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look at real estate. >> it's a scary thought. but we see it with the commodities prices. >> absolutely. >> danielle, thank you for coming in. former researcher at the dallas fed. so what we're watching today before we leave you, what i'm watching, what everyone should be watching, sharing of apple continuing to sink. they're down 25% from the recent high back in april as investors await the company's earnings report after the bell. the biggest company in the world expected, according to analysts, to show the first year-on-year decline in iphone sales growth for this quarter. that's why the guidance for january through march is goingn going n to be so important. we asked you on twitter, is apple stock cheap given the selloff? 50/50 split. a little majority say, yes, apple stock is cheap. that's a big change in sentiment. apple is one of the most beloved stock. not so much anymore. 48% of you say no. >> absolutely torn on that one. also what to watch today, oil prices. they've had a big swing on futures today. wti was below 30. it's now up slightly. that's boosted futures.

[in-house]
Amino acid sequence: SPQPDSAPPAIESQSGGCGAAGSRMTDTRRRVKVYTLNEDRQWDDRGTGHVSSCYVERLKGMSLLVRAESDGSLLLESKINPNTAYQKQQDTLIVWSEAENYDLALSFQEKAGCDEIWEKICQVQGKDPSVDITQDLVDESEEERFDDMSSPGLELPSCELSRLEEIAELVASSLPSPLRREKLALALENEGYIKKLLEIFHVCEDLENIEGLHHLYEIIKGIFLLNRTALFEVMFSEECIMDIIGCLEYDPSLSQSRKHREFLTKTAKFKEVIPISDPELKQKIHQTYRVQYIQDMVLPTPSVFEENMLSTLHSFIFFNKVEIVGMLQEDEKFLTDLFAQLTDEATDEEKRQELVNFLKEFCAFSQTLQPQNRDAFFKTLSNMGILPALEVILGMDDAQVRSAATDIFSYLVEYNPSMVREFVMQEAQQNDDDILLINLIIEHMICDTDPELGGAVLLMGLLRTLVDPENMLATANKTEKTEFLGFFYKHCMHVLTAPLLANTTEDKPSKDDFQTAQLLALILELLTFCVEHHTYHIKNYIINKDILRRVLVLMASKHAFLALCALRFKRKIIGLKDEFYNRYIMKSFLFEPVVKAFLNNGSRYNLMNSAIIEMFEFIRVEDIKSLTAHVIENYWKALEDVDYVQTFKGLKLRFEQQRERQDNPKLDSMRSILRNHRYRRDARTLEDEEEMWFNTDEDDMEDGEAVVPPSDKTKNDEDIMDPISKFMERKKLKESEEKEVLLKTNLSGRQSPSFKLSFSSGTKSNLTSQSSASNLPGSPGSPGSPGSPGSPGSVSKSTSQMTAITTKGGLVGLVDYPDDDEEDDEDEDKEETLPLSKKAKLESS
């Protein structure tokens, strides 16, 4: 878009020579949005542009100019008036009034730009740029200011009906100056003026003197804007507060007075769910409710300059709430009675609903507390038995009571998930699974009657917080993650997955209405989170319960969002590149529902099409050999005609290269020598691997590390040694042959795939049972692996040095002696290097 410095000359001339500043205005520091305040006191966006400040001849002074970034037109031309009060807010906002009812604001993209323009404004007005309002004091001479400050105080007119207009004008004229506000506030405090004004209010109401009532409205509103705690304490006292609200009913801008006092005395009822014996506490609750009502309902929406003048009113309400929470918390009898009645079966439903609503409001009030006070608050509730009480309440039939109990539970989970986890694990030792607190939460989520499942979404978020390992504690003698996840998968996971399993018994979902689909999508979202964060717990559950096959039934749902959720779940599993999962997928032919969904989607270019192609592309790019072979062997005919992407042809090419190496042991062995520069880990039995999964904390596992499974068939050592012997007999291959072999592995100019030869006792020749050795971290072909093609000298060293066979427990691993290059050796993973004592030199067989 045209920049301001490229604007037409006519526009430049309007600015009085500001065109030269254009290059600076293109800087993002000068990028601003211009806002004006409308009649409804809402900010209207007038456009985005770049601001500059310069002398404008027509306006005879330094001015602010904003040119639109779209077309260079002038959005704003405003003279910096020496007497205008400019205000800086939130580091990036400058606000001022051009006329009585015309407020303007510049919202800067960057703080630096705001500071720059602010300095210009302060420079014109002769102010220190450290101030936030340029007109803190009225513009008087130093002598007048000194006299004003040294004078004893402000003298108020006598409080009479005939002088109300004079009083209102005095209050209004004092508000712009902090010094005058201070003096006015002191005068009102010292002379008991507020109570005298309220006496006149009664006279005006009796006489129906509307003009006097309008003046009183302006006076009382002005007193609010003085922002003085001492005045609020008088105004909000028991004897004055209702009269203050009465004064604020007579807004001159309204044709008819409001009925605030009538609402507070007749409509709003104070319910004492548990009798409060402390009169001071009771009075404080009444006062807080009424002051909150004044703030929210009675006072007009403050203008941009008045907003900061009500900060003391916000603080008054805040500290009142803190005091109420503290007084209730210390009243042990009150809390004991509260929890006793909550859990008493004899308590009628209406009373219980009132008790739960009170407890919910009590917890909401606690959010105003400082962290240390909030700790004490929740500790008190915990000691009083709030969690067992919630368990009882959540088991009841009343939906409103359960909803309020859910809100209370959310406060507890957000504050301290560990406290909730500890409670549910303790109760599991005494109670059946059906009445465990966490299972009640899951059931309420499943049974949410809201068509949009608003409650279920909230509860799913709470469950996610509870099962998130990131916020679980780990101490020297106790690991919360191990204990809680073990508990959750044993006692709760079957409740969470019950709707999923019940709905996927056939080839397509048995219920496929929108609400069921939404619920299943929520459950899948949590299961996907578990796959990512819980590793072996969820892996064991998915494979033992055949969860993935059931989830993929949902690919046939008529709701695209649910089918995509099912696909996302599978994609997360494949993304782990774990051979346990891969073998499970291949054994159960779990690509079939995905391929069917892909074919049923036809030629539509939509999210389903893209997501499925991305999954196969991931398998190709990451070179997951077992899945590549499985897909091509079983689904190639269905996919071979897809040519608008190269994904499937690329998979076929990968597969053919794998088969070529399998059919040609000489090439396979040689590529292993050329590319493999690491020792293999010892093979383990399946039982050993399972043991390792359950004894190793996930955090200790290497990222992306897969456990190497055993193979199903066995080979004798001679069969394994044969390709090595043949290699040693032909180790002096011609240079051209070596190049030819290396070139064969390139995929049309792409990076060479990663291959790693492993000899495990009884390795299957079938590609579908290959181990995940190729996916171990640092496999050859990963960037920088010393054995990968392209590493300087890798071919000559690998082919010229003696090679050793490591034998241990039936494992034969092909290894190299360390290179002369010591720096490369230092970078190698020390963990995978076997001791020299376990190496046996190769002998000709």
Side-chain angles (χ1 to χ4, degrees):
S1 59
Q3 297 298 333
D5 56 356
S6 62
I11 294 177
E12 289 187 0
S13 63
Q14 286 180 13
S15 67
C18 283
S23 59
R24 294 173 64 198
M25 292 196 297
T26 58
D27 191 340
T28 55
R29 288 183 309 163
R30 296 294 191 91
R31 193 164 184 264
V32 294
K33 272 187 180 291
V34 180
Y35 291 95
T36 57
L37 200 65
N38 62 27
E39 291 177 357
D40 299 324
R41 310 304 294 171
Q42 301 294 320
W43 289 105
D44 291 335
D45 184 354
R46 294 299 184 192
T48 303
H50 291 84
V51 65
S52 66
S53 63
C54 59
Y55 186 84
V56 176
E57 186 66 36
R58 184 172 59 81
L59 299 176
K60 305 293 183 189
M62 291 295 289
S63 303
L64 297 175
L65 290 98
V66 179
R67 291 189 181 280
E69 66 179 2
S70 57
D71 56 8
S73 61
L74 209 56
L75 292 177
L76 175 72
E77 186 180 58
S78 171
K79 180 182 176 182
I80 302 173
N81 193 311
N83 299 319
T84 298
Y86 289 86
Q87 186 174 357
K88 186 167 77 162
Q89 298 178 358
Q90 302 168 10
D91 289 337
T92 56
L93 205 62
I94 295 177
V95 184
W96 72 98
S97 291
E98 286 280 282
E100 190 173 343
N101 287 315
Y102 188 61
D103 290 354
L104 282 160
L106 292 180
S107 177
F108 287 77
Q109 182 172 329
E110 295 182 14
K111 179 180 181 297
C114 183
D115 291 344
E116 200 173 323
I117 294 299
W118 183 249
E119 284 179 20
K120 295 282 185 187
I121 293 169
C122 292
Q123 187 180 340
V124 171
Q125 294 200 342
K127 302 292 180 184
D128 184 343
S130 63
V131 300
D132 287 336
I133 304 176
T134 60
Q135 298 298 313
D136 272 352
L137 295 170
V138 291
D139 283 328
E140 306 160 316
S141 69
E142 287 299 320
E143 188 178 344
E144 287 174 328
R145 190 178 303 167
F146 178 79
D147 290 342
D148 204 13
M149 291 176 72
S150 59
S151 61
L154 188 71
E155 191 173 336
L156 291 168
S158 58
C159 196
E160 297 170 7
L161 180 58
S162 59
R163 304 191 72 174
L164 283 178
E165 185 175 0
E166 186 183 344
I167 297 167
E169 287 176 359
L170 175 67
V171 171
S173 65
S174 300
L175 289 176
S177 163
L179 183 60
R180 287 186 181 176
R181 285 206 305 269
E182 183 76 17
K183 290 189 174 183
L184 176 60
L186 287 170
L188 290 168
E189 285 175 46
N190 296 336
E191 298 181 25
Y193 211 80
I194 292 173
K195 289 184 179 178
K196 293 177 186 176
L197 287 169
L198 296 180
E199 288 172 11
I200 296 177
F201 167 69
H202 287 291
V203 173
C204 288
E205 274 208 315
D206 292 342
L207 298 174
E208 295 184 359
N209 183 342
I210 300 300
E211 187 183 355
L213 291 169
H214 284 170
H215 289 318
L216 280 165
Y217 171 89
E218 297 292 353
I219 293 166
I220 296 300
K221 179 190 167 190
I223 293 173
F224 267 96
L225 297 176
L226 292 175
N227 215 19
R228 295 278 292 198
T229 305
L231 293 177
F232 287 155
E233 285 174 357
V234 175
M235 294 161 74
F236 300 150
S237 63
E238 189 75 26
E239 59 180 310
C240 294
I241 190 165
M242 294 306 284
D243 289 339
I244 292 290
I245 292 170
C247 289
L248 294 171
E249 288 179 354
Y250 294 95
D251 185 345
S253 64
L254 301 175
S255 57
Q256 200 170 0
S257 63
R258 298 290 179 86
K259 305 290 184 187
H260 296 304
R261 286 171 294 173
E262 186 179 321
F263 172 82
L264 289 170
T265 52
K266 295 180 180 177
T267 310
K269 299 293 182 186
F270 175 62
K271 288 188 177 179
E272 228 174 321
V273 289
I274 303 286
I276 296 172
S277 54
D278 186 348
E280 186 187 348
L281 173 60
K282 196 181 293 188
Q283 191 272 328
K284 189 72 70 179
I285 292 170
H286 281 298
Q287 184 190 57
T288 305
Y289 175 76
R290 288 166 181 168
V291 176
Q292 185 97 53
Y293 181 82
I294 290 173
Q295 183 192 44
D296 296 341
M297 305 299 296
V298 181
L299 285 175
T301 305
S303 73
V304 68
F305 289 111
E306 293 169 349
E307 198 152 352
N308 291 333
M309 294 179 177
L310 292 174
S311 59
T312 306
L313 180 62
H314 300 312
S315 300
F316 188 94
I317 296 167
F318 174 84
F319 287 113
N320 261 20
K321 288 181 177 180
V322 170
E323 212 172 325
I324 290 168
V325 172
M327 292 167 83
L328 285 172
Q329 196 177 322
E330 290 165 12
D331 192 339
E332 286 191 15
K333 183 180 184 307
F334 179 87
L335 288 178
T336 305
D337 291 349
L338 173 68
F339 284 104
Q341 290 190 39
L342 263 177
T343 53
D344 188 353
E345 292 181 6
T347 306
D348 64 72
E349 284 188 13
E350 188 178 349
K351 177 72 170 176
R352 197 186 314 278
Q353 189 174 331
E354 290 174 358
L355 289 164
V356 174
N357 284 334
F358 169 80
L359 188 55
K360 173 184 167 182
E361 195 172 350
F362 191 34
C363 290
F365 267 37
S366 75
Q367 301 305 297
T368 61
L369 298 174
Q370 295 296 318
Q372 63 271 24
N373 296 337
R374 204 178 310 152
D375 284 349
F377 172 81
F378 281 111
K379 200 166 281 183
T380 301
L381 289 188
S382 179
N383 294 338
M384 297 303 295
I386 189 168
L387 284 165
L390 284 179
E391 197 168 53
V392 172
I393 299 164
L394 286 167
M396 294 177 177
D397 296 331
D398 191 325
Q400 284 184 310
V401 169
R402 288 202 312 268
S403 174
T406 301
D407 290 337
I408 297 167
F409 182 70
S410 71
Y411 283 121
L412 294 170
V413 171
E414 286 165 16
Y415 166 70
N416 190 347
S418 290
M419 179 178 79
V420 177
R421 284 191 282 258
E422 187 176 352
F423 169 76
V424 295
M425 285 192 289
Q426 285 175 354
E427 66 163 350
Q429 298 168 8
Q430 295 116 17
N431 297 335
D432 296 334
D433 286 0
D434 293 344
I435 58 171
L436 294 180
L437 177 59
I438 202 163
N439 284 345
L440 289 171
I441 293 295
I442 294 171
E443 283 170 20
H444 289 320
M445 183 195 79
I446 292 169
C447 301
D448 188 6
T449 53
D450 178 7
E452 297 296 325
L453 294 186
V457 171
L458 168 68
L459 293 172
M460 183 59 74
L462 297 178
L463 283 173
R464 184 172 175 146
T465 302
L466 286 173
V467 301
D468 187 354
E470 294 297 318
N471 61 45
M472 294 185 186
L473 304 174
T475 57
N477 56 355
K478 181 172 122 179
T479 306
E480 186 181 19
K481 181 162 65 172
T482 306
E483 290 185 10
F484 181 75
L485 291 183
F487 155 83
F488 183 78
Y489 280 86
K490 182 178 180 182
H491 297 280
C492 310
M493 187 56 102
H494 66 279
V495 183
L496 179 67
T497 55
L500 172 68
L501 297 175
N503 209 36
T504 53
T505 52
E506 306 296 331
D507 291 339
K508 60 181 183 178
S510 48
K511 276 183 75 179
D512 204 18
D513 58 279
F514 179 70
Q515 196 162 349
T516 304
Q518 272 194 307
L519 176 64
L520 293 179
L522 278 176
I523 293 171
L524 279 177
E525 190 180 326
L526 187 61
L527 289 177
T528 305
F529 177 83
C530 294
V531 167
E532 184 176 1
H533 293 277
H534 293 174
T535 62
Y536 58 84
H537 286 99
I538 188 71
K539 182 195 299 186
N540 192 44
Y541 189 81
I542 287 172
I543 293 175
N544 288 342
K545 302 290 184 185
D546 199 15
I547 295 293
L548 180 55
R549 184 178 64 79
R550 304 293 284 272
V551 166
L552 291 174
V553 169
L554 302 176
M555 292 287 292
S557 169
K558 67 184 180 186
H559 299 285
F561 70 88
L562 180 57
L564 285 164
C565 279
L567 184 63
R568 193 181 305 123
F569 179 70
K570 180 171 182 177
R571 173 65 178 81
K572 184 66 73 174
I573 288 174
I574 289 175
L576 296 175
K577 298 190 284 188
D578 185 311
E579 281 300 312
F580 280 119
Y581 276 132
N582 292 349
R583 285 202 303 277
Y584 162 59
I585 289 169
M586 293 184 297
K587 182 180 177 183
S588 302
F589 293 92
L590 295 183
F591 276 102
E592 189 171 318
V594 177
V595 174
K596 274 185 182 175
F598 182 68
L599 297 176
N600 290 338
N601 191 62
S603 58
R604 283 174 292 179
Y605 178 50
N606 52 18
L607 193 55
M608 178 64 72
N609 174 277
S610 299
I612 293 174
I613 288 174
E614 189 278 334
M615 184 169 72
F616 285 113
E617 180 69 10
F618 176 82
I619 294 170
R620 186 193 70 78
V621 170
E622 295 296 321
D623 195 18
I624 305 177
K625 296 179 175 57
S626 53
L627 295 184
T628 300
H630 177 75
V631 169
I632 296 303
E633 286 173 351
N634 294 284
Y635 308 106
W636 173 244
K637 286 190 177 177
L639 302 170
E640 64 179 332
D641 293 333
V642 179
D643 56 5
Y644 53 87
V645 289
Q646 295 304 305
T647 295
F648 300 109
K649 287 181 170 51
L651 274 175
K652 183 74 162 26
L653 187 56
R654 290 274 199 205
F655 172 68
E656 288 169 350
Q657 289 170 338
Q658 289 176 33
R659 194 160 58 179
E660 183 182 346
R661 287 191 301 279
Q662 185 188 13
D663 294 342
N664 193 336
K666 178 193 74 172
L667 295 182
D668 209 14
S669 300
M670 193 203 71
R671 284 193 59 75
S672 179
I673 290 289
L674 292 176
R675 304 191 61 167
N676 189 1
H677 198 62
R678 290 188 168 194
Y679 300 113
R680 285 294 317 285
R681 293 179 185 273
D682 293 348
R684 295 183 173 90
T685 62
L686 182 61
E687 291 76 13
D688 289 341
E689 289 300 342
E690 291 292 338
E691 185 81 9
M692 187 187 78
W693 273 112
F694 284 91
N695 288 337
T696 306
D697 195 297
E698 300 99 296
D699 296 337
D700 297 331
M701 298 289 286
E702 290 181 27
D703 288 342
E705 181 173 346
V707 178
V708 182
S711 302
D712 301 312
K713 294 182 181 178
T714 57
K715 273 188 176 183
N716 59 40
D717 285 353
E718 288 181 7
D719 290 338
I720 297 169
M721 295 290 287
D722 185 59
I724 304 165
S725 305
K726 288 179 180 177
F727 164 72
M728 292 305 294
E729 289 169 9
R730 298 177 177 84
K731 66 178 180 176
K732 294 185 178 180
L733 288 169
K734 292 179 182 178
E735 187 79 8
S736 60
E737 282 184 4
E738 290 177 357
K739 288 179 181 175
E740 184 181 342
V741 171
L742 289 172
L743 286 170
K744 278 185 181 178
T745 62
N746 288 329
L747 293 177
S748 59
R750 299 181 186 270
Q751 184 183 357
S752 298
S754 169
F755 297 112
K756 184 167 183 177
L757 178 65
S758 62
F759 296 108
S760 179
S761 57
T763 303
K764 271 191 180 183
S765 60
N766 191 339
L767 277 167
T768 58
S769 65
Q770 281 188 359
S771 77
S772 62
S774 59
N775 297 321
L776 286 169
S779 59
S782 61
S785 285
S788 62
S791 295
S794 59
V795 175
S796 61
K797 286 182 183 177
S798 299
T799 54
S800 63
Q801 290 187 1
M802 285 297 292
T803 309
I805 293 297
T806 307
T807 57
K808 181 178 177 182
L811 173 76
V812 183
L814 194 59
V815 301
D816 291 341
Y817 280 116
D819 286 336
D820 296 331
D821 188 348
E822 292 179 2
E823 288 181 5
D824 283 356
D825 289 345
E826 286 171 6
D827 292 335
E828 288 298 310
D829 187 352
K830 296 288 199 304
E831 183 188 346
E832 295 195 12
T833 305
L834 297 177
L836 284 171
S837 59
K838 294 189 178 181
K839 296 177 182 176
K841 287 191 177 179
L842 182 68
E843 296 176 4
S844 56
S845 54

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let's have a quick look at those as we go. slightly red but not too much. that's it from exchange" today. good morning to you. ears ago into a new american century. born with a hunger to fly and a passion to build something better. and what an amazing time it's been, decade after decade of innovation, inspiration and wonder. so, we say thank you america for a century of trust, for the privilege of flying higher and higher, together. ♪